Statistics sez: According to FIFA, the USA boasts an undefeated 10-8-0 record against the Reggae Boyz. Not impressed? Think about it in terms of win percentage, then. The USA's win percentage against Jamaica is approximately 56%, while Jamaica's win percentage is a big fat zero. Naysayers will point out other, less flattering statistics: that the USMNT has never won a World Cup qualifier on Jamaican soil; that 4 out of the last 5 qualifiers against Jamaica have ended in a draw; and that the USA has only won twice in qualifying against Jamaica, ever (out of 8 matches). To these naysayers, I'd point out that all these statistics can be "revamped" to favor the USA: the USMNT has never LOST a qualifier on Jamaican soil; the USMNT is UNDEFEATED in 5 of the last 5 qualifiers; and Jamaica has won ZERO qualifying matches (or any matches, for that matter) against the USA. Then I'd ask the naysayers why they're being such downers. Beauty is in the eye of the beholder, naysayers, and I'd say the statistical record between the USA and Jamaica is beautiful indeed.
What I'm eating: The national dish of Jamaica is ackee and saltfish - a combination of dry salted cod, onions, tomatoes, spices, and boiled ackee, a pear-shaped fruit related to the lychee. The best part? If the ackee you eat isn't ripe enough, you'll quickly come down with a case of Jamaican vomiting sickness, characterized by the sudden onset of vomiting, dehydration, seizures, or even death! I have to hand it to you, Jamaica - it's pretty awesome that your national dish carries with it the risk of death. But America will not be outdone - not on USMNT gameday. If it's death-inducing food you're looking for, the USA has it "on lock", with the "Quadruple Bypass Burger" from Heart Attack Grill in Las Vegas, NV: four 8-oz beef patties, four pieces of American cheese, onion, tomato, special sauce: and a whopping 10,000 calories. Eating ackee and saltfish may create a risk of death, but eating this burger practically guarantees it. So support the USA on gameday by gorging yourself on one of these burgers while you watch the match - and take comfort in the fact that if you die, at least you will have died watching your beloved USMNT.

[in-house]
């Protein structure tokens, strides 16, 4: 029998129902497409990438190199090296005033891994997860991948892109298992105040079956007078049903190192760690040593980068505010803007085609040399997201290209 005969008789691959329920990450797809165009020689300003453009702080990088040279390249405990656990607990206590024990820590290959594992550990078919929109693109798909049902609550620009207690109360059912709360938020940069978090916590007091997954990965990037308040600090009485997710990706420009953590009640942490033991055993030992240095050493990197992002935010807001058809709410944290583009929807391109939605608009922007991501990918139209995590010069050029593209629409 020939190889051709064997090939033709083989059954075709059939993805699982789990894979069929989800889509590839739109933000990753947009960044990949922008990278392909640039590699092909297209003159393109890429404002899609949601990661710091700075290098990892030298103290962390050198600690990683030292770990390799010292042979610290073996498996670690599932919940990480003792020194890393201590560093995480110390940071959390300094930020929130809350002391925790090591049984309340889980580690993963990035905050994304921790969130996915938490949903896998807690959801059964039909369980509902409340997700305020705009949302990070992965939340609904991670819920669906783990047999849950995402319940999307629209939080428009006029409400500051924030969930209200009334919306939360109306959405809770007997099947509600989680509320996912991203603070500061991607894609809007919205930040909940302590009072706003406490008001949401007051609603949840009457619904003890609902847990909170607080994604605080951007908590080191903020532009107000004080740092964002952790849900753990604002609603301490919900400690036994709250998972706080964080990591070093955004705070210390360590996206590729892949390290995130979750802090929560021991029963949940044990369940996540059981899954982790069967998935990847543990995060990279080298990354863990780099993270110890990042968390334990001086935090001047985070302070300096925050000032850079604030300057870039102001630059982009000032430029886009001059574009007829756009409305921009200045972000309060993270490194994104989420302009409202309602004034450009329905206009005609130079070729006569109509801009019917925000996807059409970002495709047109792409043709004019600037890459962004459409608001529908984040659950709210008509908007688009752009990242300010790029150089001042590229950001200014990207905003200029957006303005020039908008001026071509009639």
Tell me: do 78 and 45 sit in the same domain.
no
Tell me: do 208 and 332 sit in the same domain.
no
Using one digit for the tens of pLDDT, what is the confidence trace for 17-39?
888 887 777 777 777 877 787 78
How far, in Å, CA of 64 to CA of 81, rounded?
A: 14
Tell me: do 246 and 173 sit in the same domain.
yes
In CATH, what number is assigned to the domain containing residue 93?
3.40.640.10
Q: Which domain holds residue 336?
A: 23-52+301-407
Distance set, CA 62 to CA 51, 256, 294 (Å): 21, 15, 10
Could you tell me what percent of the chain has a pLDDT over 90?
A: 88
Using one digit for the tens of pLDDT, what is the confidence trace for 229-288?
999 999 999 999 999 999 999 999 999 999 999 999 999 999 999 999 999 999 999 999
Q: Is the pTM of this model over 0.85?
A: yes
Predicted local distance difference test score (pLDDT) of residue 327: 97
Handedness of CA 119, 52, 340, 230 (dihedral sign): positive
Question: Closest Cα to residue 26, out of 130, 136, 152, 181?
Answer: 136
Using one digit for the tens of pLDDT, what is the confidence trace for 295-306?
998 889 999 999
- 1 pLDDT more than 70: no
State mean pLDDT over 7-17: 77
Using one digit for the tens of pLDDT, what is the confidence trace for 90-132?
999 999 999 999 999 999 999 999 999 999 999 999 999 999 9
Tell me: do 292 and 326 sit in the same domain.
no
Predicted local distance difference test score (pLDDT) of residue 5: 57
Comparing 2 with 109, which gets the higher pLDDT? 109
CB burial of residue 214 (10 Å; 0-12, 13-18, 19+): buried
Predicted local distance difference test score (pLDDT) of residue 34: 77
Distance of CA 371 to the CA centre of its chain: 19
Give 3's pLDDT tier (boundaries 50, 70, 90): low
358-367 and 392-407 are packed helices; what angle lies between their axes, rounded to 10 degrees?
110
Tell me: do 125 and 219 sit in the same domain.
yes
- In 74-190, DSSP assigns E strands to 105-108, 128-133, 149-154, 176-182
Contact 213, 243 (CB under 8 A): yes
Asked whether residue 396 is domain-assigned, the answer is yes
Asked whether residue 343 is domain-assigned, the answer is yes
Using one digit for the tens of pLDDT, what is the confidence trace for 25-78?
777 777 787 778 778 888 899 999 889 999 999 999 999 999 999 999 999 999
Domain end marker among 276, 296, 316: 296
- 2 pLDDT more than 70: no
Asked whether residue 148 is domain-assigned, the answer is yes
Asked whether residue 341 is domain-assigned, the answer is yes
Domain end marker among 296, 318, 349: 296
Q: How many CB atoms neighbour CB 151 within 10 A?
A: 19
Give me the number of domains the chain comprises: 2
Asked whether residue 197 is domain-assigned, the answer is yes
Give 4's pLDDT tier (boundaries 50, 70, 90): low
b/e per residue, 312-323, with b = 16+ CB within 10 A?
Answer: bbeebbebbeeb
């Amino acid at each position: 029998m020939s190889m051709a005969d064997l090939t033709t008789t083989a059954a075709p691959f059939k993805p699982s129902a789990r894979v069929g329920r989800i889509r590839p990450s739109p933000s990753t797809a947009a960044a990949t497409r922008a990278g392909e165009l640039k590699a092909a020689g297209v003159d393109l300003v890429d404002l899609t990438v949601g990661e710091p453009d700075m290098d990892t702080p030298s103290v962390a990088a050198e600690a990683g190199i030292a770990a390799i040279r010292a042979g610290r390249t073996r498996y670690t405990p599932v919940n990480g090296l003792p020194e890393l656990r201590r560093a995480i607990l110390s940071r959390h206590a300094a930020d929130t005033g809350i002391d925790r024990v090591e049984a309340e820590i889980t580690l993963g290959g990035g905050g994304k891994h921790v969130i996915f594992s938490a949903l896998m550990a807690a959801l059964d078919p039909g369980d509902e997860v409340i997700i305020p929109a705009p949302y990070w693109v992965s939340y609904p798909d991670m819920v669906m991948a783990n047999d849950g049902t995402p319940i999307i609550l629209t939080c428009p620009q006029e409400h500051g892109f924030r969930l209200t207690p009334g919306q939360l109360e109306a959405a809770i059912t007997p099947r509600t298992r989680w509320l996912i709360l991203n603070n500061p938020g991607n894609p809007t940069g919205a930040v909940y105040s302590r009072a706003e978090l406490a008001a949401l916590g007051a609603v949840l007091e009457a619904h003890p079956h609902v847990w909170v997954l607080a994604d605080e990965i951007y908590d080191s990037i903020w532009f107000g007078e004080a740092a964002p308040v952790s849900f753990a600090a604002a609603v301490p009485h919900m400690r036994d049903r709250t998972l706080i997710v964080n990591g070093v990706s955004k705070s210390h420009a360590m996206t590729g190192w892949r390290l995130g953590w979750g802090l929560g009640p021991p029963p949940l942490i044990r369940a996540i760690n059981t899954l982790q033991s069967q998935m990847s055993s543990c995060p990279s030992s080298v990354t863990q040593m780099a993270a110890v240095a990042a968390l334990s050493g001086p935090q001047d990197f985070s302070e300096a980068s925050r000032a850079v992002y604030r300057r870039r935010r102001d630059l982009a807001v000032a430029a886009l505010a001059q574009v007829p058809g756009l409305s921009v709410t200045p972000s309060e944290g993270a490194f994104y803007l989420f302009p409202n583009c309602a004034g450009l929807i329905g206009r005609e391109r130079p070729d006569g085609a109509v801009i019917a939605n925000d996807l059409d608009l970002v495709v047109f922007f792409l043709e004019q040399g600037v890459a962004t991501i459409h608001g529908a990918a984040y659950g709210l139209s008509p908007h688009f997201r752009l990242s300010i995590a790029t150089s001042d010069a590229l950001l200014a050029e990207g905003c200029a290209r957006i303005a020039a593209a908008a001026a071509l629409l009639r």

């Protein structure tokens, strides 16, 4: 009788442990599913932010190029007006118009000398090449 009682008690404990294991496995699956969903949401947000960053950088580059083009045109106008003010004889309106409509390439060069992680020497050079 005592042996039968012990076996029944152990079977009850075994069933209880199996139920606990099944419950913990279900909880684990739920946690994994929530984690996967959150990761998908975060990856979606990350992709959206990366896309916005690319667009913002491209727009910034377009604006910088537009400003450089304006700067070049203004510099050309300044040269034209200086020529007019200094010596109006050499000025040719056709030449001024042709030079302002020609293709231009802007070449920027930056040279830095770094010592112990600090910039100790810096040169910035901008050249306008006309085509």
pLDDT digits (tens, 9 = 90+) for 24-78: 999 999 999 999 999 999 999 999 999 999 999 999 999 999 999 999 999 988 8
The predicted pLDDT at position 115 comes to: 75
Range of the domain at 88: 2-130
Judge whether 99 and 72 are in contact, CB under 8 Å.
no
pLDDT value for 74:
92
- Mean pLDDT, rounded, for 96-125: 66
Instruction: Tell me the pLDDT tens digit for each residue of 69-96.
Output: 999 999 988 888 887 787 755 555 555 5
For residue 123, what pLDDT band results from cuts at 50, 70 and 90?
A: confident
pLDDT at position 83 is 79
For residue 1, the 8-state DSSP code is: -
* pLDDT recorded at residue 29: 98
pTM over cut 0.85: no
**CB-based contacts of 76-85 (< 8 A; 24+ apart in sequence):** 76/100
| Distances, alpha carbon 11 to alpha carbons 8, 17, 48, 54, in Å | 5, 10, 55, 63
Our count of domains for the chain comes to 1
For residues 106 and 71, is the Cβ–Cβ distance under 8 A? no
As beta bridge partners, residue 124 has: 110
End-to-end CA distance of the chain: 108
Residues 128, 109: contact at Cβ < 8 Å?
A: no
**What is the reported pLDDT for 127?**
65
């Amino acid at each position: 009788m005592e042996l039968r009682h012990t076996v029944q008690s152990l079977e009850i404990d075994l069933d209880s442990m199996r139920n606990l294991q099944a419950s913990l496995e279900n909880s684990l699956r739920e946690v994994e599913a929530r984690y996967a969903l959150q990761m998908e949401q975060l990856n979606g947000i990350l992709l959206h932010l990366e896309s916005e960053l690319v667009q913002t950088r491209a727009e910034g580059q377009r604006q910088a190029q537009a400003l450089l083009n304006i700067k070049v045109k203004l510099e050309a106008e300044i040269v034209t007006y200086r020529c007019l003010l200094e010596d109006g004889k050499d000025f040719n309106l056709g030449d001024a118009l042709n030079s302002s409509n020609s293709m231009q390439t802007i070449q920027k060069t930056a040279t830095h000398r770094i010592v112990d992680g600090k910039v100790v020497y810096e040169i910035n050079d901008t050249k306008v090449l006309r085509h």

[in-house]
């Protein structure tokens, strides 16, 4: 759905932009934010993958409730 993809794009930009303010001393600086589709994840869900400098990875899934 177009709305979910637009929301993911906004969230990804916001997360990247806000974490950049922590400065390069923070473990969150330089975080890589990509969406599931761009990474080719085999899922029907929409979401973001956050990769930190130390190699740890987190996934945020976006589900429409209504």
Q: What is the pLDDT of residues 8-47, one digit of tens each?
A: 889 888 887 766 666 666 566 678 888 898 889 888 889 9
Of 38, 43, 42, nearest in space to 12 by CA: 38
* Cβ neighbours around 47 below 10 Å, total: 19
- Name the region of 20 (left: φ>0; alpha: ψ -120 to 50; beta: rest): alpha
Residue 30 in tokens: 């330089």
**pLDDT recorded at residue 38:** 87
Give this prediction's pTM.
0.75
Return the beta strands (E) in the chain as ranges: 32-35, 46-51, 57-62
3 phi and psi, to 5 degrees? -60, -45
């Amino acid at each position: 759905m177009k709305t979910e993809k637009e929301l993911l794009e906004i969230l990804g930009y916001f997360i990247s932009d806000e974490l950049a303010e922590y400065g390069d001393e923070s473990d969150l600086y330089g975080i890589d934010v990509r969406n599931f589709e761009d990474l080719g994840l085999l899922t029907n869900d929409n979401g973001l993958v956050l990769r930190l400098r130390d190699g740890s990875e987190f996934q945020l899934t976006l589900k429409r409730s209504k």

Caption: America's version of ackee and saltfish. No fish, no ackee - but a significantly higher risk of cardiac failure. Take that, Jamaica!
What I'm drinking: You know, I've always been a sucker for Red Stripe beer. The stubby brown bottles, the hilarious commercials, the awesome slogan ("Hooray, Beer!") - it's everything I've ever wanted in a beer. But when the USMNT plays Jamaica, there's an extra reason to like Red Stripe: it's now brewed in America! That's right, drinking down a cold Red Stripe is no longer a reminder of the laid-back Jamaican lifestyle, but instead is a reminder of America's economic superiority and dominion over every other country, ever. I'd usually never advocate drinking a USMNT opponent's beer on game day. But nothing will stick it to Jamaica like drinking the beer that was once the pride of Jamaica, and is now the pride of mass beverage producer City Brewing, LLC in Latrobe, PA. Hooray, Irony!
Caption: Red Stripe beer was indeed brewed in Jamaica for over 75 years. But then America took over, and now it's brewed here. You lose, Jamaica.
What I'm singing: "This Isn't 'Cool Runnings'", sung to the tune of "Yankee Doodle".
Jamaica you're good at riding bobsleds and at sprinting
And at winning soccer tournaments that have no meaning
But tonight you're out of luck, you see, the Yanks are coming
You don't stand a chance tonight, cause this isn't "Cool Runnings"
Until next time - GO USA!